Creative Arts and Digital Transformation
Post by Danielle Krcmar, Associate Director of Visual Arts
Did you know that an actress, Hedy Lamar, and a composer, George Antheil, are the inventors responsible for the signal technology which ensures that your cell phone messages can’t be easily intercepted? The encryption technology known as frequency hopping was far ahead of its time, patented in 1942 and initially rejected by the US NAVY, eventually used by the military during the 1962 Cuban Missile Crisis, and now an integral aspect of the wireless technology we depend on daily.i Other artists such as Buckminster Fuller, Kenneth Snelson, Wallace Walker, Jonathan Kingdon, and Abbot Thayer are just a few artists who have made contributions to scientific and technological innovations.
Innovation is dependent on curiosity, creative thinking, and the ability to shift perspectives, all of which are key components of Artistic and Scientific Processes. A 2008 Michigan State University study by Robert Root Bernstein found that Nobel Prize Winning Scientists were significantly more likely to engage in arts and crafts avocations than other scientists and members of the public. Relative to typical scientists, Nobel prize winners are 22 times more likely to perform as actors, dancers or magicians; 12 times more likely to write poetry, plays or novels; and twice as likely to play an instrument or compose music.ii A previous blog post in the dXi series states that the future of digital success will not be for those who master the technologies but for those who offer the most attractive digital experience. Artists are interested in creating an emotionally resonant experience for their audience as opposed to an attractive one. They make aesthetic objects or performances through processes that have parallels to the Design Thinking steps of Empathy, Problem Definition, Ideation, Prototyping, and Testing to translate ideas, experiences and concerns into works of art that may delight or disgust, surprise or soothe, often connecting seemingly disparate concepts to create something new and beautiful.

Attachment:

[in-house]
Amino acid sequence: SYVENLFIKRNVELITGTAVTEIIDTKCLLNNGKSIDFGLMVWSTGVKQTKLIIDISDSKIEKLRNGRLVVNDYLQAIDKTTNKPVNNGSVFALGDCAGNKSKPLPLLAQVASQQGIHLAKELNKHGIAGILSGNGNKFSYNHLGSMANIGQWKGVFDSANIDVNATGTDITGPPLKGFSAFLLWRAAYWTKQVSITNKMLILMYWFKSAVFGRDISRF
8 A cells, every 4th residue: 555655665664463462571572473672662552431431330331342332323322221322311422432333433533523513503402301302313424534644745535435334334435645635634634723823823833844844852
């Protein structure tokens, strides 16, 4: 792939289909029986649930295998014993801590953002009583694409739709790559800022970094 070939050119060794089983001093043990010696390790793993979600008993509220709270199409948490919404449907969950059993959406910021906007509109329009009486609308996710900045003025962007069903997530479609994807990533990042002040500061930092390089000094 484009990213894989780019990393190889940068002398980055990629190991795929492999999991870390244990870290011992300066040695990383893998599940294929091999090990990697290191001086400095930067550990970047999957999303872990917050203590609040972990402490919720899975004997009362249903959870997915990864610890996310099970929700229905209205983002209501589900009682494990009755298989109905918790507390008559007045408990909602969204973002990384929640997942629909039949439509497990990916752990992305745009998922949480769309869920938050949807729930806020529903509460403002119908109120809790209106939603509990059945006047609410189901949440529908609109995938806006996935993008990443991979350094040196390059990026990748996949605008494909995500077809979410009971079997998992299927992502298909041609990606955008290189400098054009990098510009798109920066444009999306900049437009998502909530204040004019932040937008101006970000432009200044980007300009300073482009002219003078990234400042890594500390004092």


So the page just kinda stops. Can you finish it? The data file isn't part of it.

Let’s look at the design thinking stages and look at the connections to Artistic Practice.
Artists often create as a means to understand the world around them, and in doing so may create something that helps others to imagine life outside their own lived experience. Reading Other Minds, a study done at the University of Toronto found that frequent fiction readers scored higher on non-self-report measures of empathy. The medical schools UT Austin and Harvard are among many who are visiting galleries as part of the curriculum to enhance deep observation and build empathetic communication.iii
Problem Definition is one of the starting points of the Artistic Process. Artists set up their own problems or areas of limitation so they can truly explore an idea in depth or respond to a concrete problem visible in the world, and look to find ways to communicate the depth of that problem in a different way in order to draw attention to it.
Eve Mosher’s Highwater line project visualizes climate change by drawing chalk-lines on city sidewalks and streets to map the lines of rising sea levels, making the future impact of climate change concretely apparent to residents whose lives will be impacted.
The deceptively humble sketch book is the original ideation space, where page by page, the thought process is articulated and documented chronologically as artists draw, annotate, and alter their observations and ideas.
Leonardo DaVinci’s notebooks have now been digitized by the British Library.
For the sculptor, Maquettes or studies, made in a smaller scale or with quickly assembled materials are the prototypes in which to test balance and proportions before beginning the final work in full scale or finish materials.
For many, the Test phase cycles into ideation and prototyping, there are often initial materials and process tests as artists try to bring the visions in their heads to life in the studio. For others, the true test of the work occurs as a range of viewers experience and respond to the artwork in the studio and out in the world.
Whether in music, theater or visual art; making art and experiencing the art of others is an essential part of what makes us human. As it turns out; it not only feeds the soul; it’s likely to make you a better innovator, too.
i Wenner, Melinda (2008) Hedy Lamarr: Not Just a pretty face. How one of the best known actresses of mid- 20th century revolutionized weapons systems and helped create cell phones. Scientific American, June 8, 2008
ii Root-Bernstein, Robert & Allen, Lindsay & Beach, Leighanna & Bhadula, Ragini & Fast, Justin & Hosey, Chelsea & Kremkow, Benjamin & Lapp, Jacqueline & Lonc, Kaitlin Adreessen,(2008) Arts Foster Scientific Success: Avocations Of Nobel, National Academy, Royal Society, And Sigma Xi Members. Journal of Psychology of Science and Technology, Volume 1, Number 2, 2008
iii Hoinski, Michael (2017) Improving Medicine with Art. New York Times, March 11, 2017